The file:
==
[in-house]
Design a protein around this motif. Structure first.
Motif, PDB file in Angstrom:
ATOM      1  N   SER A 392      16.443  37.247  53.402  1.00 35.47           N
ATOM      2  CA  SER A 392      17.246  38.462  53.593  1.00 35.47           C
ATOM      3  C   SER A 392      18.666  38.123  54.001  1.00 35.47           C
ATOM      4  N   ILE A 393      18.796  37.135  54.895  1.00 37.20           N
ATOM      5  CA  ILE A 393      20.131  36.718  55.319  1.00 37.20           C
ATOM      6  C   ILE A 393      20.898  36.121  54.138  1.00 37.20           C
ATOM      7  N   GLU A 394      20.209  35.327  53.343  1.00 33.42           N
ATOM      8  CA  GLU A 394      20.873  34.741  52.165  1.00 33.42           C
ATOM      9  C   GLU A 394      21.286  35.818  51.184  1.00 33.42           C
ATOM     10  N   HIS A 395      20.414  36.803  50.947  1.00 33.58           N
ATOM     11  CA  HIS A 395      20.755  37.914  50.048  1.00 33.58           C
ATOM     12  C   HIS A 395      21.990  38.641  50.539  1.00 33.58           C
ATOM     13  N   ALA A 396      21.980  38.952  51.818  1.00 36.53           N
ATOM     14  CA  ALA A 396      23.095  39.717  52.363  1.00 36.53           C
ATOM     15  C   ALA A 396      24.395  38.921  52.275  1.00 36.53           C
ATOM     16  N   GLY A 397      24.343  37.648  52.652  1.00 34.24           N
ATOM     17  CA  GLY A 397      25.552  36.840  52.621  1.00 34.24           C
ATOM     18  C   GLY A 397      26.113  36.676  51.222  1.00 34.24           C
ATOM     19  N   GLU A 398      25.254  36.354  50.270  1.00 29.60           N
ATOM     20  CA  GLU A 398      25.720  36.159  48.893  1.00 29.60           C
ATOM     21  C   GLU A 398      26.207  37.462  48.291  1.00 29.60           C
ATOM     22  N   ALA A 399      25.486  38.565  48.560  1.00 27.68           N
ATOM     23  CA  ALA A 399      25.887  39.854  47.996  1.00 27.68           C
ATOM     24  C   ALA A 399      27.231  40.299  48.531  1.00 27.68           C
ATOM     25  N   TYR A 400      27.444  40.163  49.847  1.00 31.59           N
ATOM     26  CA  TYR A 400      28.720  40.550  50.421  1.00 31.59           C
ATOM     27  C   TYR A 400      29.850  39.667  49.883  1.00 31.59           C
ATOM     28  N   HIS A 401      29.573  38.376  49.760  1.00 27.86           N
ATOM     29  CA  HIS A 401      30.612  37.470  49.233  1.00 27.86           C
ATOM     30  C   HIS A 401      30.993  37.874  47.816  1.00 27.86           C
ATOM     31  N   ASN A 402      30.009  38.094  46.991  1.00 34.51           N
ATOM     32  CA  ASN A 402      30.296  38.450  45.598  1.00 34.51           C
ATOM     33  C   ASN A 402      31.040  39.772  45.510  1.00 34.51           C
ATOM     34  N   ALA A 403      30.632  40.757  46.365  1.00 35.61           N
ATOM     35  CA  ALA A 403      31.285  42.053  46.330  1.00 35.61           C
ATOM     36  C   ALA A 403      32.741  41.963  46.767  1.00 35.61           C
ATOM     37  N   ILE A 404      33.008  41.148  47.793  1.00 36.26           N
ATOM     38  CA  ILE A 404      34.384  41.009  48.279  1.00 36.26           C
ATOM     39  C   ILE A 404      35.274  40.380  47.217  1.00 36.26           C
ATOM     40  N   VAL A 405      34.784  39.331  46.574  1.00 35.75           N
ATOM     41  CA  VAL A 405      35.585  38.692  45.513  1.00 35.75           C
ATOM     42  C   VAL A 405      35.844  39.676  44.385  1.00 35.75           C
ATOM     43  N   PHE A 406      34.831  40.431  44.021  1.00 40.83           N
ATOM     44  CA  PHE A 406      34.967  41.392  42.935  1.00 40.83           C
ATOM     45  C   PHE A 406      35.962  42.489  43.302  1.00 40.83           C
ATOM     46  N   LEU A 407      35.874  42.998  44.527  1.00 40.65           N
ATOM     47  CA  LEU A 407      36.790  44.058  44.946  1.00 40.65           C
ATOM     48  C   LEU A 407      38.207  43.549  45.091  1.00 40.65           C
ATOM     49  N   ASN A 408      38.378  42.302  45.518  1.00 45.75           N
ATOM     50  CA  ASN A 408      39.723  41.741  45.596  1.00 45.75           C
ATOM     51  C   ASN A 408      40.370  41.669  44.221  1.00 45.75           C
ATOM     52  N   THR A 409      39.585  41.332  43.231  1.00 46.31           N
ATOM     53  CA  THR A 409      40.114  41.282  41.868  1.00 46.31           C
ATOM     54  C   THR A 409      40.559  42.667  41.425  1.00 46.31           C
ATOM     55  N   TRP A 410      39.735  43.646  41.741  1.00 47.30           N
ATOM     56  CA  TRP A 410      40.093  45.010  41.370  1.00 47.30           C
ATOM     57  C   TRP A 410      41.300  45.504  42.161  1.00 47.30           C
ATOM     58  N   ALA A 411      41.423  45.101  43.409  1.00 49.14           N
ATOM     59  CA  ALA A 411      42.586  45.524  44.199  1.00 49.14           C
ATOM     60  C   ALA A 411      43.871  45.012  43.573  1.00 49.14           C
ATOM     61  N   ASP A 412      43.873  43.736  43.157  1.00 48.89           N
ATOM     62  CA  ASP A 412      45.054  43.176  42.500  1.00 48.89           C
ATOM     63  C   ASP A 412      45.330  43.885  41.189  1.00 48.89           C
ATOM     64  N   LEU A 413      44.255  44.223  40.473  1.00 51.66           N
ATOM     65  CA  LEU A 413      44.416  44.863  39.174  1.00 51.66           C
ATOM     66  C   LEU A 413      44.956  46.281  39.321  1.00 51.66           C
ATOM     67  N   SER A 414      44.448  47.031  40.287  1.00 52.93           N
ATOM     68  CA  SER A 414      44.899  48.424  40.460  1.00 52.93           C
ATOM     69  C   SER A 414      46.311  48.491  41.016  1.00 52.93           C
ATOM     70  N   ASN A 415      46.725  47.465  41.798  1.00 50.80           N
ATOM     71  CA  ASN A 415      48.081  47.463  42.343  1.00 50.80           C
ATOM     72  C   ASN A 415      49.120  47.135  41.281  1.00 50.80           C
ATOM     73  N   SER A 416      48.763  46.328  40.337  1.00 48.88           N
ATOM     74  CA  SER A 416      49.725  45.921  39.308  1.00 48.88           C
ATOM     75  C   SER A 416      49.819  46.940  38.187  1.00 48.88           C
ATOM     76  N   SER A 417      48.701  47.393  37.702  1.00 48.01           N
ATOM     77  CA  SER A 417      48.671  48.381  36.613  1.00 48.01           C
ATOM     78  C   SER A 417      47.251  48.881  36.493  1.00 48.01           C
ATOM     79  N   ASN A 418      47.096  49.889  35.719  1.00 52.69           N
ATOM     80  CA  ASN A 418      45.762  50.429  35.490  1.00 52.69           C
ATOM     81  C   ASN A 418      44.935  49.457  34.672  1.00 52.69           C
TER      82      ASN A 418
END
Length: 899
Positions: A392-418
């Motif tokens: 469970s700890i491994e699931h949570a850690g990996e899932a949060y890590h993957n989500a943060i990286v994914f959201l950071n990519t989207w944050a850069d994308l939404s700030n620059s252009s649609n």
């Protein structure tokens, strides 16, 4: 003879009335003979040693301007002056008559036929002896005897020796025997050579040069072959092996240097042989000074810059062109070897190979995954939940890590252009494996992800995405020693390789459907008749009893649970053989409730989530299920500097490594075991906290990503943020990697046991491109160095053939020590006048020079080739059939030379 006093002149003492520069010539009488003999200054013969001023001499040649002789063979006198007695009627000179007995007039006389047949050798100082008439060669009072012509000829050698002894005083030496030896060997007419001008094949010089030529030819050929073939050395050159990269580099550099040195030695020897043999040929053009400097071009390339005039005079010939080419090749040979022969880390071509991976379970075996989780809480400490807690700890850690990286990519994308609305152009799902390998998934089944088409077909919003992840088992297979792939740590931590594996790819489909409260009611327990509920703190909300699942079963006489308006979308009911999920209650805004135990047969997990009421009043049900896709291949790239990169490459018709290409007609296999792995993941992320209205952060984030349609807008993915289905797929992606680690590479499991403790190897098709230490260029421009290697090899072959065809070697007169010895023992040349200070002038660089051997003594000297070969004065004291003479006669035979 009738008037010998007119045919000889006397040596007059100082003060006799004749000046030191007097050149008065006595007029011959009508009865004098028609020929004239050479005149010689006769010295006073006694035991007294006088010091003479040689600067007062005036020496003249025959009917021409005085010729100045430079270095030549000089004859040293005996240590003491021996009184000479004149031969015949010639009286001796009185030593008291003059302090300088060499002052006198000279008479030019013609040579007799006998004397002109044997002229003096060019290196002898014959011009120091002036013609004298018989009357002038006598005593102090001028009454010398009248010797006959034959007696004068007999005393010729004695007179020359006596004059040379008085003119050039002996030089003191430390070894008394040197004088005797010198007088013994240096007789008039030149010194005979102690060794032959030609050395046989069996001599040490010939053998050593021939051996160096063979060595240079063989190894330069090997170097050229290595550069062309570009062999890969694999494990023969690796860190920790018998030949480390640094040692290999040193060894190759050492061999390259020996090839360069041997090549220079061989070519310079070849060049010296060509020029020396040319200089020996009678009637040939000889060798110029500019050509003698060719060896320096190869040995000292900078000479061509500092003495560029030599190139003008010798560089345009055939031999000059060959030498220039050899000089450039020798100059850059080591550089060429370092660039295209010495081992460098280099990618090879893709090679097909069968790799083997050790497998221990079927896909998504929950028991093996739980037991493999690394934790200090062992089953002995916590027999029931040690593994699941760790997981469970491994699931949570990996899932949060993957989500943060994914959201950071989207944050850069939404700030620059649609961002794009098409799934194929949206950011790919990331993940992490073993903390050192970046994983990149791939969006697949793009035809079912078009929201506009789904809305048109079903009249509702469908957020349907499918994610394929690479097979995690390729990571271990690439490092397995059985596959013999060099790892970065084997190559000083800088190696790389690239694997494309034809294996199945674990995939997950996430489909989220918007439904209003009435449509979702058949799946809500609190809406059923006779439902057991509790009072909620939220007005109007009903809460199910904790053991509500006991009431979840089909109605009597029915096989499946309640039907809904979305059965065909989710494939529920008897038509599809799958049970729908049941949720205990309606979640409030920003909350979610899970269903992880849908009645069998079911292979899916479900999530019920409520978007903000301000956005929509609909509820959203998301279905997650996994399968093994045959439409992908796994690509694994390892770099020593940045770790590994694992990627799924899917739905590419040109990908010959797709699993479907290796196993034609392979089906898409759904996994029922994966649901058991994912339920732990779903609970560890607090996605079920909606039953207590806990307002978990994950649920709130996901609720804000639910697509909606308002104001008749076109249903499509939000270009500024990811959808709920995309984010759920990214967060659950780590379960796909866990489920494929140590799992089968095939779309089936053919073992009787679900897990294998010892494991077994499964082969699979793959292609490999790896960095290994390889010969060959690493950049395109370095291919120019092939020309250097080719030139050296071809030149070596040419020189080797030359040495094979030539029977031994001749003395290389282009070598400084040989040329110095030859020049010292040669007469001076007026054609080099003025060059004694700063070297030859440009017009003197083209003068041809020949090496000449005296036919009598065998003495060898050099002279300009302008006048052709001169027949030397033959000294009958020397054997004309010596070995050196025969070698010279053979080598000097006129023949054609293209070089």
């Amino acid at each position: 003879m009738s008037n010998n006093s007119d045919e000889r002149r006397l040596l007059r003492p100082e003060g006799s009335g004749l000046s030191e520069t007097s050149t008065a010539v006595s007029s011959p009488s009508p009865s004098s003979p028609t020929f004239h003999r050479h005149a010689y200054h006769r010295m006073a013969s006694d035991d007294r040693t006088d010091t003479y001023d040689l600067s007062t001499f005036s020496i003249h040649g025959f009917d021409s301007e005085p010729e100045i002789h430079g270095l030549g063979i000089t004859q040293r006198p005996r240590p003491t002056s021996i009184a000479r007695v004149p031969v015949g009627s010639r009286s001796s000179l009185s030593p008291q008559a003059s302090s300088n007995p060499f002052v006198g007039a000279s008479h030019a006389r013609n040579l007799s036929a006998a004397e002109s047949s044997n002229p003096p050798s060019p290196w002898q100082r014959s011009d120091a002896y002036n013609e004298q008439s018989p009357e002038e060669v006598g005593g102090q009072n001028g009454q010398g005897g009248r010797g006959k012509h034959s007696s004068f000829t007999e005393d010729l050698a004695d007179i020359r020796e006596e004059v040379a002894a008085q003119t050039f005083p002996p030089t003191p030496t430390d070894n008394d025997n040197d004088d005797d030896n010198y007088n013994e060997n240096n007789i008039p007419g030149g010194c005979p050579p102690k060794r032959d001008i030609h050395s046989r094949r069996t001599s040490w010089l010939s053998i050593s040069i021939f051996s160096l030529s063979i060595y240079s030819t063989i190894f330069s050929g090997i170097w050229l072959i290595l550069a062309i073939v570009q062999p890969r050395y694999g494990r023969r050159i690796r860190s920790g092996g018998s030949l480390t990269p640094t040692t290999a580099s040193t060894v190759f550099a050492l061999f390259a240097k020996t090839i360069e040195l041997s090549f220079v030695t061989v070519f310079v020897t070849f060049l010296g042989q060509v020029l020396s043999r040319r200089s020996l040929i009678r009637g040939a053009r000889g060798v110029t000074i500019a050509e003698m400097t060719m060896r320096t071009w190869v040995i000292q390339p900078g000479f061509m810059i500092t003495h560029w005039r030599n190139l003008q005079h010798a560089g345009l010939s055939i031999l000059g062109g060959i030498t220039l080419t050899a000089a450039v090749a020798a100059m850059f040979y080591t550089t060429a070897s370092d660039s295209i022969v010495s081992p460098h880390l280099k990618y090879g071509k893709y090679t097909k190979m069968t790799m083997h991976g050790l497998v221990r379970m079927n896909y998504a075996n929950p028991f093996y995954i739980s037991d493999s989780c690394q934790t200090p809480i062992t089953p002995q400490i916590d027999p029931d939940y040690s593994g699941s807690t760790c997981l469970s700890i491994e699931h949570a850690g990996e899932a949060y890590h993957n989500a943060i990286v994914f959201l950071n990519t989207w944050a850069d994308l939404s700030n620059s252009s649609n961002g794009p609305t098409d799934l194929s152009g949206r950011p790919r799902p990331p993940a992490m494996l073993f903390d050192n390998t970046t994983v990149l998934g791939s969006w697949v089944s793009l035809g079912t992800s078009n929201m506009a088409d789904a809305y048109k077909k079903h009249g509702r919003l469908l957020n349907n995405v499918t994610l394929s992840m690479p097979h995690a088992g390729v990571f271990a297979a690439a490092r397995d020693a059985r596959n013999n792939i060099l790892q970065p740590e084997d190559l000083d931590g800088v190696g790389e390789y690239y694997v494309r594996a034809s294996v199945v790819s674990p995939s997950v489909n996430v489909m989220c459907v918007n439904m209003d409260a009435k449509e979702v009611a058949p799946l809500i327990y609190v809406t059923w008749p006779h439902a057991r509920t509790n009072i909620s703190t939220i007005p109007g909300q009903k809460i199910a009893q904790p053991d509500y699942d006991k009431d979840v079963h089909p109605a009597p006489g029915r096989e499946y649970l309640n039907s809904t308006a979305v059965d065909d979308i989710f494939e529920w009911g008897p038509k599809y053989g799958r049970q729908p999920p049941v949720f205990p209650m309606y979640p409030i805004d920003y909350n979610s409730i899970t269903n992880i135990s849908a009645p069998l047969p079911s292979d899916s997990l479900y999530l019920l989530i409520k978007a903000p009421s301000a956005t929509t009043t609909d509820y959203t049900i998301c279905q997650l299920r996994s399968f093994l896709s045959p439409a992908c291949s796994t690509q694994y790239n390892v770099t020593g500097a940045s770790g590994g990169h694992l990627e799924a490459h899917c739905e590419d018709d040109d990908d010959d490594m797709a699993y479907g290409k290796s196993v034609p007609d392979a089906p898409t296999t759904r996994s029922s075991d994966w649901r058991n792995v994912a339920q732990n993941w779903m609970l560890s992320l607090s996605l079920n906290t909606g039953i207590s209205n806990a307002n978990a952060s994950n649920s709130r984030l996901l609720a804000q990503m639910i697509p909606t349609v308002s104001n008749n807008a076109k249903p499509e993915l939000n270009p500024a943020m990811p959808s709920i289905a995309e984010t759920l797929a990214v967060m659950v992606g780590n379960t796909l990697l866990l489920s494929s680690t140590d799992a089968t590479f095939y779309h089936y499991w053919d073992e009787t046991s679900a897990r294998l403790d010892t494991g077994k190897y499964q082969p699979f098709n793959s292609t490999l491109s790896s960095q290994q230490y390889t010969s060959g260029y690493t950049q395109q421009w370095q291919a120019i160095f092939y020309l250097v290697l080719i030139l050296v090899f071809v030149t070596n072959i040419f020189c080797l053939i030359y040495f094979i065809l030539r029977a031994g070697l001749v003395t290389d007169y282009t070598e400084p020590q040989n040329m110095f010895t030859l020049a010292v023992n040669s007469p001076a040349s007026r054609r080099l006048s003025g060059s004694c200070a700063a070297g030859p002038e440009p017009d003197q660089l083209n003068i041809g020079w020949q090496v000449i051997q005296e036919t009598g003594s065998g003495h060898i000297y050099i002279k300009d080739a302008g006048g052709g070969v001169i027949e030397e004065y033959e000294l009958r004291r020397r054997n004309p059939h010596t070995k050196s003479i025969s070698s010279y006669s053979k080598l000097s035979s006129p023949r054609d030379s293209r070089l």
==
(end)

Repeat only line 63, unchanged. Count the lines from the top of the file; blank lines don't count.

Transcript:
ATOM     60  C   ALA A 411      43.871  45.012  43.573  1.00 49.14           C